For a luxury brand, Mercedes has made quite a few pickup trucks. Blurring the line between white- and blue-collar was the Funmog, a luxurious Unimog. The original G-Wagen could be had as a pickup, and right before the updated G-Class debuted, Mercedes brought the pickup back. Albeit with 6 wheels. There was also the X-Class, based on the VW Amarok. But while BMW has made car-based pickup one-offs, and Porsche theoretically could, Mercedes hasn’t. At least, not officially. Because Arizona’s Hubbard Auto Center has a Mercedes E-Class pickup. And it’s got a heck of a story.
What exactly is this Mercedes E-Class pickup?
According to Jalopnik and the Hubbard Auto Center, this Mercedes pickup is based on a 2000 E320 Wagon. Like other E320 Wagons, it has a 3.2-liter V6 and 5-speed automatic. But this particular wagon was stretched by 29” to accommodate the pickup bed.
Part of the conversion required repositioning the rear doors and tailgate, as well as extending and modifying the rear bodywork. The bed also features a steel diamond-plate floor, spray-in bed liner, stainless steel rails, and LED lighting. And to help passengers access their cargo, the rear window is hinged.
The rest of the Mercedes E-Class pickup is fairly stock. The leather interior comes with a functional navigation and infotainment system, as well as Bluetooth, automatic climate control, and Mercedes’ Parktronic automatic parking system. The pickup even retains the E320’s roof rails. The wheels aren’t original E20 stock, but they are 18” AMG Monoblocks.
However, there are some interior modifications. The rear seats have been replaced with leather bucket seats which appear to have a built-in loading function. They can be folded flat to increase luggage space. But if you do have rear passengers, they can at least keep their drinks cold with the center-console cooling compartment. Or at least, they could—it is allegedly non-functional.
But as interesting as the Mercedes E-Class pickup is, its history might be even more interesting.
This Mercedes pickup may have been made by a hearse company
Hubbard Auto Center claims that this Mercedes E-Class pickup is one of only 3 made. But while custom car-based pickups aren’t new—the Tesla Truckla being an excellent example—this truck’s credentials place it on another level.
The Hubbard Auto Center claims the truck was commissioned by an Atlanta-area Mercedes-Benz dealer. The E320 Wagon left the Mercedes factory, then was converted into a pickup by another German company before arriving in the US. Since then, it appears to have only done 21,000 miles. While the Hubbard Auto Center didn’t post any documentation, these claims appear to be verifiable by another source: Bring a Trailer.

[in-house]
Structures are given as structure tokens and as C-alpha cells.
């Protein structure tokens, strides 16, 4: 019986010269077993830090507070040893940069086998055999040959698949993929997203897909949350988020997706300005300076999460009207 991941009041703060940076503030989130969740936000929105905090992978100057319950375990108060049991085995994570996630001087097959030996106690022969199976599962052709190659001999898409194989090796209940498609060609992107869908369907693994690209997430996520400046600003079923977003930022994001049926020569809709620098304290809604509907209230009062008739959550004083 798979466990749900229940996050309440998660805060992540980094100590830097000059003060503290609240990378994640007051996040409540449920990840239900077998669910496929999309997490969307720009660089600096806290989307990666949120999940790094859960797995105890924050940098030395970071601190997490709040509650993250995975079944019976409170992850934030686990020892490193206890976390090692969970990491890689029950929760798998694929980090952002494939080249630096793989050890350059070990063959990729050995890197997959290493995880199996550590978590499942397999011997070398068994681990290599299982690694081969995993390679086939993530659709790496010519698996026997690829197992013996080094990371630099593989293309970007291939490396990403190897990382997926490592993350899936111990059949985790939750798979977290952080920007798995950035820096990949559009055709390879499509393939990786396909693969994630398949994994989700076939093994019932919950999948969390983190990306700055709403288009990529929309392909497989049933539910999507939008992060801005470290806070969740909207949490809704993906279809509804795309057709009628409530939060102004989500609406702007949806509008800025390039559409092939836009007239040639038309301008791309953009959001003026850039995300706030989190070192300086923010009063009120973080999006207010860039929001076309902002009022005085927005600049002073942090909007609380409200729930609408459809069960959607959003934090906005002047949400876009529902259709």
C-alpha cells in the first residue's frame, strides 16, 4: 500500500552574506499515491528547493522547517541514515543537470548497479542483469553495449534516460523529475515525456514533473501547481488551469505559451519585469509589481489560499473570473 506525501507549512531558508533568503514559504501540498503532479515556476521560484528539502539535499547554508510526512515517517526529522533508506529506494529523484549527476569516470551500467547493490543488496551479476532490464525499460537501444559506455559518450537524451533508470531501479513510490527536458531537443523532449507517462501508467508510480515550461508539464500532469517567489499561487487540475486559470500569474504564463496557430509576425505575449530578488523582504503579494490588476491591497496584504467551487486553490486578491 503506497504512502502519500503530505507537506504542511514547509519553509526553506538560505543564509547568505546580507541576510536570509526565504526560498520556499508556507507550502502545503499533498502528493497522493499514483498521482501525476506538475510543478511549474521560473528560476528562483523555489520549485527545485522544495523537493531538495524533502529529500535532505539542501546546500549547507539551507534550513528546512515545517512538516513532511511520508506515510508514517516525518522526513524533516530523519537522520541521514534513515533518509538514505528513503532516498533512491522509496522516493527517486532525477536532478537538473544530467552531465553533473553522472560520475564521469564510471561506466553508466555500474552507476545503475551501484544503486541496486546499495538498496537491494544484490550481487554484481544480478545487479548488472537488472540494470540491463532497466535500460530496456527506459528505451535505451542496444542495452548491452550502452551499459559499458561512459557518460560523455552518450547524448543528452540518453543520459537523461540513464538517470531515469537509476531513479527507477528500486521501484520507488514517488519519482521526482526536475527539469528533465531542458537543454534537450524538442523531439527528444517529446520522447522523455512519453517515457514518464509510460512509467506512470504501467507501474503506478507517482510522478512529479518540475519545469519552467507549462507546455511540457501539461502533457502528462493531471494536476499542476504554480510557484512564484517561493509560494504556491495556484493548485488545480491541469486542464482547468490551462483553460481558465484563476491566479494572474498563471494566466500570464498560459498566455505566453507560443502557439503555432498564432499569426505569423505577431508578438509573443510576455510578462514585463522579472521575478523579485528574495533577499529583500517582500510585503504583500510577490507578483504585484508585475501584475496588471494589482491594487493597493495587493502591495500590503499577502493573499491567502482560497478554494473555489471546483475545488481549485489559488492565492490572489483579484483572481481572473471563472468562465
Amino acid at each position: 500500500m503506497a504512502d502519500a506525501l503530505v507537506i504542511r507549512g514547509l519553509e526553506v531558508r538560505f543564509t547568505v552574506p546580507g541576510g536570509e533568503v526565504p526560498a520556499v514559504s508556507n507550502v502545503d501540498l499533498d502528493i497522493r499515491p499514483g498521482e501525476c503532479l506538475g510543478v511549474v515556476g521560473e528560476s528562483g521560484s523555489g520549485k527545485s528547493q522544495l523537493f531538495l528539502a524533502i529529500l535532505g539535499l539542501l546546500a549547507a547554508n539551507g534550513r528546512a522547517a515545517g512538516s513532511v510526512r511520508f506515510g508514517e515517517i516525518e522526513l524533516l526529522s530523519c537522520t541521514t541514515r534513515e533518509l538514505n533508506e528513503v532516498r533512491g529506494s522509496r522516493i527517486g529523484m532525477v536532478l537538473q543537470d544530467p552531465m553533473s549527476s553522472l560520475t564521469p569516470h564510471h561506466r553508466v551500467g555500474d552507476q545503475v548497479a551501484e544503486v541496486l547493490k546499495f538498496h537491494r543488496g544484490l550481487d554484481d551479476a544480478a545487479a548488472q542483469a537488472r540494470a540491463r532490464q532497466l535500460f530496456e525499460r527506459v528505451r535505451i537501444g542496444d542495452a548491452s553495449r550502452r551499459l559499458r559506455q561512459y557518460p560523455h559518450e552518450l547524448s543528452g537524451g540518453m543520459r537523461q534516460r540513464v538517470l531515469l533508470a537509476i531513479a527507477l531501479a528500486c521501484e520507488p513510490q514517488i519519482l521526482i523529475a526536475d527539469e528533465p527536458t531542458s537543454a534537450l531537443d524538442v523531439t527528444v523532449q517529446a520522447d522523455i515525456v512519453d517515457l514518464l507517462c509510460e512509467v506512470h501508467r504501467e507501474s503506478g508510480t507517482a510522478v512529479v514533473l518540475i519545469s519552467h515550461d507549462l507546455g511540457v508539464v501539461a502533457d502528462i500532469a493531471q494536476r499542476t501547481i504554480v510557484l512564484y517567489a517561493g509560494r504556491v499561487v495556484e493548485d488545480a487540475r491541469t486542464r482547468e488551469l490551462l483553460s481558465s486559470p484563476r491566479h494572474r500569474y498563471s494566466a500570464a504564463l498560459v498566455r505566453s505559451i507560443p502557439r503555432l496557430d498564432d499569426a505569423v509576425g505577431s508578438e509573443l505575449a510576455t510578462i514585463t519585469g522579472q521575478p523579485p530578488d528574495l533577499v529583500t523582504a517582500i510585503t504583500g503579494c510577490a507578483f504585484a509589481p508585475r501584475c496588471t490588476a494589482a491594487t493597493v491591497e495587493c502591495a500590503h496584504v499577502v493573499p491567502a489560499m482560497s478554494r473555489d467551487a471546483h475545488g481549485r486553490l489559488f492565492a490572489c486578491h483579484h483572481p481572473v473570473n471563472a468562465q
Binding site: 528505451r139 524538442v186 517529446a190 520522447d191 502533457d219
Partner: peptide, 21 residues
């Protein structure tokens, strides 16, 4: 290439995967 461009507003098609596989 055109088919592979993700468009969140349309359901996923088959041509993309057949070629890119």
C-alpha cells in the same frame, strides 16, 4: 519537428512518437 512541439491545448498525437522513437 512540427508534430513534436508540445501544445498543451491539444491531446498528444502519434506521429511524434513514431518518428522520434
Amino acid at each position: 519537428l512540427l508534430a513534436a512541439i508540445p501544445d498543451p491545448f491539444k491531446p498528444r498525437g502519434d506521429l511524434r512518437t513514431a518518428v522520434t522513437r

Last year, the website tried to auction what The Drive claims is the exact same Mercedes E-Class pickup. And amongst the files and photos, BaT included were scans of the original invoice. The invoice lists Atlanta Classic Cars as the recipient, which is a real Mercedes-Benz dealer that has since moved from the Decatur, GA address on the invoice to Duluth, GA. But it’s the company that performed the pickup conversion that’s even more intriguing.
The company is called Binz, and that name reveals two separate companies operating in Germany. One is Binz Ambulance, which turns ordinary vans and buses (some of them Mercedes Sprinters) into emergency-service vehicles: fire trucks, ambulances, etc. But the other is Binz International, based in Stuttgart, where Mercedes-Benz is also headquartered.
The companies’ names are similar enough for even official sources to get confused, and it’s unclear exactly how the two are related. But their products definitely aren’t. While Binz Ambulance makes rescue vehicles, Binz International makes hearses.
There’s the Tesla Model S-based BINZ.E, and the Mercedes-based BINZ.H2.
Could someone still get one?
Binz International doesn’t list pickups on their website. However, the company is owned by UK coachbuilders Woodall Nicholson. So, in addition to the hearses and (allegedly) limousines, converting a Mercedes wagon into a pickup should be theoretically possible. After all, a coachbuilder turned a classic Bentley into a pickup truck.
But it would be rather expensive. There’s no guarantee a converted Mercedes pickup would pass US crash tests, even one based on a brand-new Mercedes E-Class. That kind of verification and testing adds even more cost onto an already fairly pricey procedure. BaT’s invoice scan reveals the Binz conversion cost $19,064 in 2000. The donor E320 Wagon’s MSRP was $25,696. In other words, you could have almost bought two E320 Wagons for the price of this one pickup.
That being said, there’s no reason why you couldn’t convert a Mercedes wagon already in the US into a pickup. Be warned, though, a brand-new E-Class Wagon starts at $66,100. It would most likely be cheaper to search for a used E-Class Wagon donor.
Or, instead, buying this exact Mercedes pickup. How it ended up in Arizona isn’t clear, but it’s most likely because of the failed BaT auction. It failed to meet reserve at $20,250. But it’s being sold without at reserve through Hubbard Auto Center.